First Batch Guidance

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Mar 7, 2022
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Hey mead makers,

I’m starting my first ever batch of mead today and I was wondering if I could get some guidance.

I’m fermenting in two 64 oz. beer growlers following a few guides I came across online. I have a pretty good idea of all of the steps that I need to take, but I’m starting to think I’m getting a little overzealous with my flavors…

I have no idea what portions I should use to achieve the flavors I am trying to create.

One mead I would like to taste like apple pie (or at least apples and cinnamon) and the other is a mishmash of juniper, blueberries, lemon & orange rinds.

Batch 1: I was going to put three chopped small Fuji apples into the 64 oz. growler, but I have no idea how much cinnamon to add. I’m using ground cinnamon, which I read has antifungal properties, so I’m worried that adding too much might deactivate the yeast. I also had the thought that the cinnamon could be added in afterwards and then strained through a coffee strainer, but I am unsure what the better method would be. I also plan to use about 1 1/2 lbs. of honey to yield a sweeter mead.

Batch 2: another 64 oz. batch - the juniper and blueberries will be the dominant flavor, but I was told that adding some citrus might counterbalance the very overpowering juniper. I was told that Juniper goes very well with blueberries. How much of the ingredients would you all recommend for optimal flavor? I also plan to use about 1-1.25 lbs. of honey to yield a demi-sec batch.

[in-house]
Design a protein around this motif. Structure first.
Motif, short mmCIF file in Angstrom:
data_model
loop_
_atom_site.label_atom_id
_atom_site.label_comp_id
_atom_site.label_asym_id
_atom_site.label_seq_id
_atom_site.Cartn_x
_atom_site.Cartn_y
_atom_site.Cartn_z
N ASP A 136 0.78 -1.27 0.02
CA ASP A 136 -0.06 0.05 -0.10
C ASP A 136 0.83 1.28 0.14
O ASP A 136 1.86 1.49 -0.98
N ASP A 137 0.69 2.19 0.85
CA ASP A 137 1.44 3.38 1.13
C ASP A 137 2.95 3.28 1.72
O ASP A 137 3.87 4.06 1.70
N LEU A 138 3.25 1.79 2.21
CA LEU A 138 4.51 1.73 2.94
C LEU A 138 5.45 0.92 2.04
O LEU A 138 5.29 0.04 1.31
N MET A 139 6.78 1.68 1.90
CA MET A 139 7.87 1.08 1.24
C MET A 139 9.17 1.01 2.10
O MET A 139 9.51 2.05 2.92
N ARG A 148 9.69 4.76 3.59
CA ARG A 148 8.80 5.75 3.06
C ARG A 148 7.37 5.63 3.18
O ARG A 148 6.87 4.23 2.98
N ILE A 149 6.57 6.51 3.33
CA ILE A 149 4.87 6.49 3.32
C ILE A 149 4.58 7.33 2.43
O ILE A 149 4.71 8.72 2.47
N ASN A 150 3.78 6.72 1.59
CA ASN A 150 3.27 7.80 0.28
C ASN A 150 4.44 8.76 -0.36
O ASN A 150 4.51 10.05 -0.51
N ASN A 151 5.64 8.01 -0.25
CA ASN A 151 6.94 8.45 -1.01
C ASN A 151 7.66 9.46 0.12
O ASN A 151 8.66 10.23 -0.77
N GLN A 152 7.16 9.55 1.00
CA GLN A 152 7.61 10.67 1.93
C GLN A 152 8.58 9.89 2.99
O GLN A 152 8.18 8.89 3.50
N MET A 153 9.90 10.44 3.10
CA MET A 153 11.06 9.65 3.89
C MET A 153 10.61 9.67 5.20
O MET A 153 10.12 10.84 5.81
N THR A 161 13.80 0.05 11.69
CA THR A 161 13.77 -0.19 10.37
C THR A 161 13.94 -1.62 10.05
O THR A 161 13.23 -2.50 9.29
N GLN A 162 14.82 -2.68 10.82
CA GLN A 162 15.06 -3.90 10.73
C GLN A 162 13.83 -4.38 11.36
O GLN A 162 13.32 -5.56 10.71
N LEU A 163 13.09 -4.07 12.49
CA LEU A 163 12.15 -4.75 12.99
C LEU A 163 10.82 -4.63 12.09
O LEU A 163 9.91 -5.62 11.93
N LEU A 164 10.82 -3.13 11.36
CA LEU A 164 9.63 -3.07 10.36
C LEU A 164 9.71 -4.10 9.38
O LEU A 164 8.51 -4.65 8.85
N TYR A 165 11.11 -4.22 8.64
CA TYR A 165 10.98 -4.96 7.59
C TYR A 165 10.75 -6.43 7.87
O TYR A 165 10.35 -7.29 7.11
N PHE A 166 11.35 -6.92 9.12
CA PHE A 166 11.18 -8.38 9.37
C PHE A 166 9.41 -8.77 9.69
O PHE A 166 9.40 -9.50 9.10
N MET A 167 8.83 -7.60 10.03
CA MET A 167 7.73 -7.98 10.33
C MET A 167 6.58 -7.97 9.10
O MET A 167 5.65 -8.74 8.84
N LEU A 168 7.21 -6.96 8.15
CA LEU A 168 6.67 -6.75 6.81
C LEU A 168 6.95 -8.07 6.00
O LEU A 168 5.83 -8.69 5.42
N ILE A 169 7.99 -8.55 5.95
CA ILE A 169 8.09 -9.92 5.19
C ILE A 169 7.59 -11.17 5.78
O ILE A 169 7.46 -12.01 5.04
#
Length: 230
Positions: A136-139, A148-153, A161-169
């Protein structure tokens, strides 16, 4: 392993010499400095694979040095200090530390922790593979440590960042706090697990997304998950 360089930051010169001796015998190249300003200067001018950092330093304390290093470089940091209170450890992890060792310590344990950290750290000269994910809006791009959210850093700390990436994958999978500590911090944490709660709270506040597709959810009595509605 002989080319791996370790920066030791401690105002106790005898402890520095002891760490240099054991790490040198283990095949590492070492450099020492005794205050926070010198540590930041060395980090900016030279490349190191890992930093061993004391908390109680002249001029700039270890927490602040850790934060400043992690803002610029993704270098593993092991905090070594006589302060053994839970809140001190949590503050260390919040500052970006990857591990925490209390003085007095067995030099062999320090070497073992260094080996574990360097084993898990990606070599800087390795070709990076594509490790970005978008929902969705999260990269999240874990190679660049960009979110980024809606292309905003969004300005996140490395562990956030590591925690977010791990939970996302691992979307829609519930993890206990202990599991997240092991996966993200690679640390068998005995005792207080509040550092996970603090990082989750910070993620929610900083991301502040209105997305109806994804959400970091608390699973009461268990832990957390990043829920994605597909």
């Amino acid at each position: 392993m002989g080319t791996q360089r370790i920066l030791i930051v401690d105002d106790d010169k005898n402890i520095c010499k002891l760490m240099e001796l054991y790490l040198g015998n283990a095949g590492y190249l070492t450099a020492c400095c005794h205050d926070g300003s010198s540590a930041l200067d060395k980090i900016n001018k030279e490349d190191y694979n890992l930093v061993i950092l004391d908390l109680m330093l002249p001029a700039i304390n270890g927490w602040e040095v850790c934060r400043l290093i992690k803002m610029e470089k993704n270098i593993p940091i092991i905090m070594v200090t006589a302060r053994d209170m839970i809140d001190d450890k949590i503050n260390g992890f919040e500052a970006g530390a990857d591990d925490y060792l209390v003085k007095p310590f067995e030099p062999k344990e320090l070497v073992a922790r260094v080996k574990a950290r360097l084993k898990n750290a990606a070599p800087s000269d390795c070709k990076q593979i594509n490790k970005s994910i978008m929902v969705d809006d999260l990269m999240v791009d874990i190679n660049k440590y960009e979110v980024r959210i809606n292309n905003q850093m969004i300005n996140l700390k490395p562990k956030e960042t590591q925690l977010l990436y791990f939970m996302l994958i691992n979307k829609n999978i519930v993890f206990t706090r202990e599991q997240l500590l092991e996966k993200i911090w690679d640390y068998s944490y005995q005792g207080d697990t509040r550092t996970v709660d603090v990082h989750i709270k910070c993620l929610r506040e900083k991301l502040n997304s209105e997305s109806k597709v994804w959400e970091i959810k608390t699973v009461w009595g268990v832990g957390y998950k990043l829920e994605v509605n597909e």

I believe using 1/4 of a 5 gram packet of Red Star Premier Classique yeast would be appropriate (I read 1/2 packet is good for a full gallon).

Thank you so much for any guidance! I’m excited to see how it turns out, but nervous that I’ll forget something or do something wrong.


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Jun 11, 2020
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Welcome to mead! It's a fun hobby, albeit a sometimes pricey one.

Individual apples are mostly water and won't lend much flavor. You'll need a lot more than three Fuji apples, but I'd recommend using cider instead of water. Very effective and less lossy. Cinnamon's antimicrobial properties are overstated - Premier Classique will outright ignore it if fed properly - but the flavor might be lost if you add it during primary. For best results, I'd recommend adding spices to secondary in a tea bag and withdrawing them once the preferred level of extraction has been reached.

blueberries, I'd say to either use 4lbs per gallon if added in primary, or half that if used in secondary. In primary, the blueberries will be fermented and take on a more integrated wine-like flavor; in secondary, they will be more like a sangria fruit infusion and will lower the ABV. Neither is a wrong approach - it's more personal preference.

Definitely don't strain your fermented mead through a coffee strainer. That's a good way to oxygenate it and lose all flavor. You'll want to use a syphon to rack it from primary to secondary, limiting oxygen exposure as best you can along the way.

Finally, I'd recommend looking into mead nutrient schedules if you haven't yet. Feeding the yeast properly will help it to ferment cleanly and avoid off-flavors or excessive aging. Keep in mind too that Premier Classique will also eat through most or all of the honey you are using unless it stalls, so you'll probably need to stabilize and backsweeten if you're looking for a sweeter mead.

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